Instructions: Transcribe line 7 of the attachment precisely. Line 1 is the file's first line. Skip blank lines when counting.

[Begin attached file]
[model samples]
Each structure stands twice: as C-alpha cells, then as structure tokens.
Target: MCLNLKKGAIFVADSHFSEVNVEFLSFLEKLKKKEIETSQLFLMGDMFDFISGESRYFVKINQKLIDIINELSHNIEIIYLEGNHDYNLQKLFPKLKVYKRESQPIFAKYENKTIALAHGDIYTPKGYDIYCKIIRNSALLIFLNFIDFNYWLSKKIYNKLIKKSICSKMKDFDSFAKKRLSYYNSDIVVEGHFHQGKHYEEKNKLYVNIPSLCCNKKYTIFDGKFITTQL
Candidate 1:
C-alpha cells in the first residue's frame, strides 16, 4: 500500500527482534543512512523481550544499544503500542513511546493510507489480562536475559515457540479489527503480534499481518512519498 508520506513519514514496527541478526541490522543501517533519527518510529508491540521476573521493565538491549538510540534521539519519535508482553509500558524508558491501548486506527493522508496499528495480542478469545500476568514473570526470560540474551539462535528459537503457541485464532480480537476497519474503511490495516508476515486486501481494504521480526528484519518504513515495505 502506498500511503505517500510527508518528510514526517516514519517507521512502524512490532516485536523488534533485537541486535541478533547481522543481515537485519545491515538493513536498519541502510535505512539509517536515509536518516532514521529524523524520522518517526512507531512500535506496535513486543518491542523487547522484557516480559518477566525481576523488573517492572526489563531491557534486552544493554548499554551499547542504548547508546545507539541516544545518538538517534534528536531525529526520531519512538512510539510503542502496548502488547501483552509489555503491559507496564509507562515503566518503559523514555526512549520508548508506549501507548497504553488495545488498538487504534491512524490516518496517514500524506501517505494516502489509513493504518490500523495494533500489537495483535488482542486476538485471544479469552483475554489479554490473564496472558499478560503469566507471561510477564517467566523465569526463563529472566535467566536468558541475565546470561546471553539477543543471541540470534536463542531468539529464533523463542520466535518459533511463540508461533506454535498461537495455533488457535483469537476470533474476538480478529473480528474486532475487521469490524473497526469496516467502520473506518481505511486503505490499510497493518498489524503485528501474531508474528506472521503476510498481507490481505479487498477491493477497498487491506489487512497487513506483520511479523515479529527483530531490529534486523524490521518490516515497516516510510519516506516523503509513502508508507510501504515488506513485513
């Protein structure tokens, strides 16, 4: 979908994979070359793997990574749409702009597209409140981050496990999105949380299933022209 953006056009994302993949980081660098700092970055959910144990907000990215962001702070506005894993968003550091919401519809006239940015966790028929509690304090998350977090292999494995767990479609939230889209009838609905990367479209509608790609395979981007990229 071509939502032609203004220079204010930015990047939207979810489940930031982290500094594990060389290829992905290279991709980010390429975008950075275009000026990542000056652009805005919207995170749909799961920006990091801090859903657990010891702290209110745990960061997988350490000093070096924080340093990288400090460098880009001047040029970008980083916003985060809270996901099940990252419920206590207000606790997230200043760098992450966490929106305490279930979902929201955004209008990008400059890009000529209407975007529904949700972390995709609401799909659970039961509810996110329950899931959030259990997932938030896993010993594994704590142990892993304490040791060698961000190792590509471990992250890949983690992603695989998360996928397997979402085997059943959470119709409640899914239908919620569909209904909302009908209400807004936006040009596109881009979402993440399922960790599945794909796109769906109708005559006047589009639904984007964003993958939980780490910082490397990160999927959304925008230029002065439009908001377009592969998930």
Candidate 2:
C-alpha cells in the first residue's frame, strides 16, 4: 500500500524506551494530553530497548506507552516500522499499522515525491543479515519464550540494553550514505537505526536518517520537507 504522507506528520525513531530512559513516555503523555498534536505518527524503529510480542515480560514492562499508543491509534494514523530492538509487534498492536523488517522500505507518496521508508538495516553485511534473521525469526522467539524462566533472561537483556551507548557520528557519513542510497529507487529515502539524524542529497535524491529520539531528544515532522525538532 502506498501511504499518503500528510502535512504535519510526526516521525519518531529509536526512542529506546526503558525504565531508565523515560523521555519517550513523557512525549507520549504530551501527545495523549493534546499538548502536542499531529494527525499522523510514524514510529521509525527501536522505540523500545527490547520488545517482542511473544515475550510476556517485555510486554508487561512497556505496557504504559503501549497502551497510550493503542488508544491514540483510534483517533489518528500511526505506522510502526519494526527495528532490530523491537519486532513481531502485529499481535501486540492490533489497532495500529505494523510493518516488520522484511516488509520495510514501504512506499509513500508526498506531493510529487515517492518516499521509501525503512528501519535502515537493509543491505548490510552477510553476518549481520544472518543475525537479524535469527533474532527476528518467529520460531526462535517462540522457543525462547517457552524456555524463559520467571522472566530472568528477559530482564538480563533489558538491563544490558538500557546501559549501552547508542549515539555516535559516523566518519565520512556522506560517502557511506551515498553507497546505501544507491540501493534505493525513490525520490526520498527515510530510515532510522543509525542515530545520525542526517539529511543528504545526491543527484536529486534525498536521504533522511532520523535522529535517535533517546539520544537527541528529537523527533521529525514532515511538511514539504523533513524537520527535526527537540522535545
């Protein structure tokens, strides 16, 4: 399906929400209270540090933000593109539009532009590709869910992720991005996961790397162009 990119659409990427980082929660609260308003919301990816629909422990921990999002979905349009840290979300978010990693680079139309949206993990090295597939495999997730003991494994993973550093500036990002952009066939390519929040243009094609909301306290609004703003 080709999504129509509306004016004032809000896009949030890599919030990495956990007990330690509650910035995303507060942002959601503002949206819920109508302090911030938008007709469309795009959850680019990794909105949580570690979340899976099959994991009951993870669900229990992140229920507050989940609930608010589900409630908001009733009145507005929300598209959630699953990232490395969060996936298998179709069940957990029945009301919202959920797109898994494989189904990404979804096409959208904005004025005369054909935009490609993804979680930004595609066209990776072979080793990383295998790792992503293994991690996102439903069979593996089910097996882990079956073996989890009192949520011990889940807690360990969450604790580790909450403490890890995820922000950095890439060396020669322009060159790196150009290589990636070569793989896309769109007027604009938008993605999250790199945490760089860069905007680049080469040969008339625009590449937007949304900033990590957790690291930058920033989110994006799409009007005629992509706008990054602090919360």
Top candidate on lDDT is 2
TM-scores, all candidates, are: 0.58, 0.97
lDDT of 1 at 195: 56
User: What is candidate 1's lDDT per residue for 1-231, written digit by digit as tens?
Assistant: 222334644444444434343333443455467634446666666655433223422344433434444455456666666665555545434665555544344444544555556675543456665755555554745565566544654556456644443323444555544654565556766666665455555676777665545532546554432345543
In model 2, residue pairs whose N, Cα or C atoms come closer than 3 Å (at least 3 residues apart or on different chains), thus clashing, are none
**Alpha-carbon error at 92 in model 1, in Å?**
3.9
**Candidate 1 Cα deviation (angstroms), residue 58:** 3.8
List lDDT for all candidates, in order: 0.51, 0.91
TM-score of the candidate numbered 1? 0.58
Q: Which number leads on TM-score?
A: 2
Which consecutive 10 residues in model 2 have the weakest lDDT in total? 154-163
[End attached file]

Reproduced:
Candidate 2: